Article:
Earlier this year, Victor Peng, the new CEO of semiconductor designer Xilinx, outlined his vision for a "data center first" company in an interview with DCD.
Today, at the Xilinx Developer Forum (XDF), the company expanded upon that vision, unveiling products that it hopes will increase its market share in the cloud, enterprise data center, and artificial intelligence fields.
Speaking at XDF, Peng announced a device called 'Versal,' fitting into a new product category - adaptive compute acceleration platforms (ACAPs). The main idea behind the ACAP architecture - years in the making, with a $1 billion R&D budget - is to embrace heterogeneous computing, with dissimilar coprocessors used to handle different tasks.
Versal will come in six variants; all will have a field programmable gate array (FPGA) at their core, connected to two Arm Cortex-A72s and Cortex-R5s.
The devices will feature 256KB of on-chip memory with ECC, more than 1,900 DSP engines and more than 1.9 million system logic cells, combined with more than 130Mb of UltraRAM, up to 34Mb of block RAM, 28Mb of distributed RAM and 32Mb of new Accelerator RAM blocks.
The Versal series also includes PCIe Gen4 8-lane and 16-lane, and CCIX host interfaces, 32G SerDes, up to four integrated DDR4 memory controllers, up to four multi-rate Ethernet MACs and storage-class memory interfacing.
All of this is interconnected by a network-on-chip (NoC) with up to 28 master/slave ports. The silicon will be manufactured by TSMC using its 7-nanometer FinFET process.
“With the explosion of AI and big data and the decline of Moore’s Law, the industry has reached a critical inflection point. Silicon design cycles can no longer keep up with the pace of innovation,” Peng said.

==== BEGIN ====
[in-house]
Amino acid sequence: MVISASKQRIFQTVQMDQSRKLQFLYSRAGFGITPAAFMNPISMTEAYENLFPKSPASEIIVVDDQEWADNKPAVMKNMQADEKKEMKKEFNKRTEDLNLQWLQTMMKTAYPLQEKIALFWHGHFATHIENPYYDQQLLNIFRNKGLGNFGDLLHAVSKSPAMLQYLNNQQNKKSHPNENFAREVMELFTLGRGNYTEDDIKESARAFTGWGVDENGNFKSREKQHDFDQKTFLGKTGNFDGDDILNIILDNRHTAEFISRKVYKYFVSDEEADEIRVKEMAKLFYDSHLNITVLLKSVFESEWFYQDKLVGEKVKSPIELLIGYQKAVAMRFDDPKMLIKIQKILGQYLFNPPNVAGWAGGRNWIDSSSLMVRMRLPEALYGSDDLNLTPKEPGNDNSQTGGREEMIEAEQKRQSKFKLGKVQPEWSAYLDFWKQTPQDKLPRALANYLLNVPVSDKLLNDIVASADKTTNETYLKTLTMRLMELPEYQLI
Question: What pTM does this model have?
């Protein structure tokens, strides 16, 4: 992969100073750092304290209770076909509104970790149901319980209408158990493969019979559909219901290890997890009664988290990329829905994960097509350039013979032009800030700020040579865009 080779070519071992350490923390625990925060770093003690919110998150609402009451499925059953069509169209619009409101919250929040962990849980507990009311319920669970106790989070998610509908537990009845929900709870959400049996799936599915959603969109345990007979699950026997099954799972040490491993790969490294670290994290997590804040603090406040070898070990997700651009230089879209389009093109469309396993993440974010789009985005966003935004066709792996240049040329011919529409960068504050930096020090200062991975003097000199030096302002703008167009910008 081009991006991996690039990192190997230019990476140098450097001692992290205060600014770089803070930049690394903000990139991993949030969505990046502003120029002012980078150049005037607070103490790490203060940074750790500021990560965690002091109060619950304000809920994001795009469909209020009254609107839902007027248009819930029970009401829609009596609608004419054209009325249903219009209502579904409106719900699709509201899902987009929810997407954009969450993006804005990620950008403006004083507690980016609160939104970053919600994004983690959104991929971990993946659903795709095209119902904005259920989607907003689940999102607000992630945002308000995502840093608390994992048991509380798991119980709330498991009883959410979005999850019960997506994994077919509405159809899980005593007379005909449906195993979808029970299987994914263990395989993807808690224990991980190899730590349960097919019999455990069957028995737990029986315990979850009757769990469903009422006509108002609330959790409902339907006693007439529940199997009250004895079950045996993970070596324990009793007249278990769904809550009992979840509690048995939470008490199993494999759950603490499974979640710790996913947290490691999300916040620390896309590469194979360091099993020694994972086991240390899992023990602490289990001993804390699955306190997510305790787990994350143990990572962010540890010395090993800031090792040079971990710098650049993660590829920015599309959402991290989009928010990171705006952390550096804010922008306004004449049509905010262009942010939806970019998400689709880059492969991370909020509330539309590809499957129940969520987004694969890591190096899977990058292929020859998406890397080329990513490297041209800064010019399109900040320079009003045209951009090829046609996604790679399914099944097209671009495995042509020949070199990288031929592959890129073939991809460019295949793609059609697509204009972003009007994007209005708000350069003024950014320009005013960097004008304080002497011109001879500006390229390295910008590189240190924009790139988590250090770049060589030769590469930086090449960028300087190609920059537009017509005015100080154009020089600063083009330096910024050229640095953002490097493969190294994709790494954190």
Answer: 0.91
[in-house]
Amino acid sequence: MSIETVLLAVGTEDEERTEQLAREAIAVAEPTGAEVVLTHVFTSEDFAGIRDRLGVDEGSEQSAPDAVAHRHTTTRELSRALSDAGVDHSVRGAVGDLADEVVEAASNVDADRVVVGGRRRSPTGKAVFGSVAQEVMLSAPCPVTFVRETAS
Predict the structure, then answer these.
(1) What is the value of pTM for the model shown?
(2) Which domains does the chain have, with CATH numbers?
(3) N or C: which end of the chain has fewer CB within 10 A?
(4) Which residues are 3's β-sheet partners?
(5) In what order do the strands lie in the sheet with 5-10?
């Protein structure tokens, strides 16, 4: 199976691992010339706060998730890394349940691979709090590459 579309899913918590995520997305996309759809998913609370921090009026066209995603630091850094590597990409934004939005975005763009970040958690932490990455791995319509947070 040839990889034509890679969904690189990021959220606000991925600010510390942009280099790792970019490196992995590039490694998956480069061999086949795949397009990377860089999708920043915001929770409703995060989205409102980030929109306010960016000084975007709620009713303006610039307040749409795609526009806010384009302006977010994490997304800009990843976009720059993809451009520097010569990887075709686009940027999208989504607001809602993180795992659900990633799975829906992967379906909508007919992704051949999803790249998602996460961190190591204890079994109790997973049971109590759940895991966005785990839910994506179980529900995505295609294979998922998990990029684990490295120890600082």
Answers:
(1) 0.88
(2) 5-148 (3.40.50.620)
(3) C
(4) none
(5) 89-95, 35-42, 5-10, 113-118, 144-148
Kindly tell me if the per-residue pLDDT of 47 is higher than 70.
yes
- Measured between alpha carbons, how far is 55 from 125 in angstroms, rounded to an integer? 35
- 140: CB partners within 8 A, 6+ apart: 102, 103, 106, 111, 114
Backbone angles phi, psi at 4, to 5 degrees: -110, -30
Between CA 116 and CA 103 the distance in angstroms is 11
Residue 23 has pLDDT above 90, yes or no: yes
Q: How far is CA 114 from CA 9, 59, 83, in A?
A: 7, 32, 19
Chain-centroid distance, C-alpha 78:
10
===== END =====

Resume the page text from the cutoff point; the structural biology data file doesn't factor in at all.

“Four years in development, Versal is the industry’s first ACAP. We uniquely designed it to enable all types of developers to accelerate their whole application with optimized hardware and software and to instantly adapt both to keep pace with rapidly evolving technology. It is exactly what the industry needs at the exact moment it needs it.”
Also at XDF, Xilinx launched Alveo, a portfolio of accelerator cards for data center servers.
The Alveo U200 and Alveo U250 feature the Xilinx UltraScale+ FPGA, with the company claiming considerable improvements in machine learning inferencing throughput over CPUs. Peng and AMD CTO Mark Papermaster took to the stage at XDF to set a new world record for inference throughput - 30,000 images per second - using eight Alveo U250 cards and two AMD Epyc 7551 server CPUs. The benchmark was performed on GoogleNet (running a batch size of 1 and Int8 precision).
“The launch of Alveo accelerator cards further advances Xilinx’s transformation into a platform company, enabling a growing ecosystem of application partners that can now innovate faster than ever before,” Manish Muthal, vice president of data centers at Xilinx, said.
“We are seeing strong customer interest in Alveo accelerators and are delighted to partner with our application ecosystem to deliver production-deployable solutions based on Alveo to our customers.”
Ravi Pendekanti, SVP of product management and marketing at Dell EMC, added: “FPGA-based acceleration solutions in modern data centers are gaining popularity as accelerators that can be programmed and reprogrammed easily as users see fit."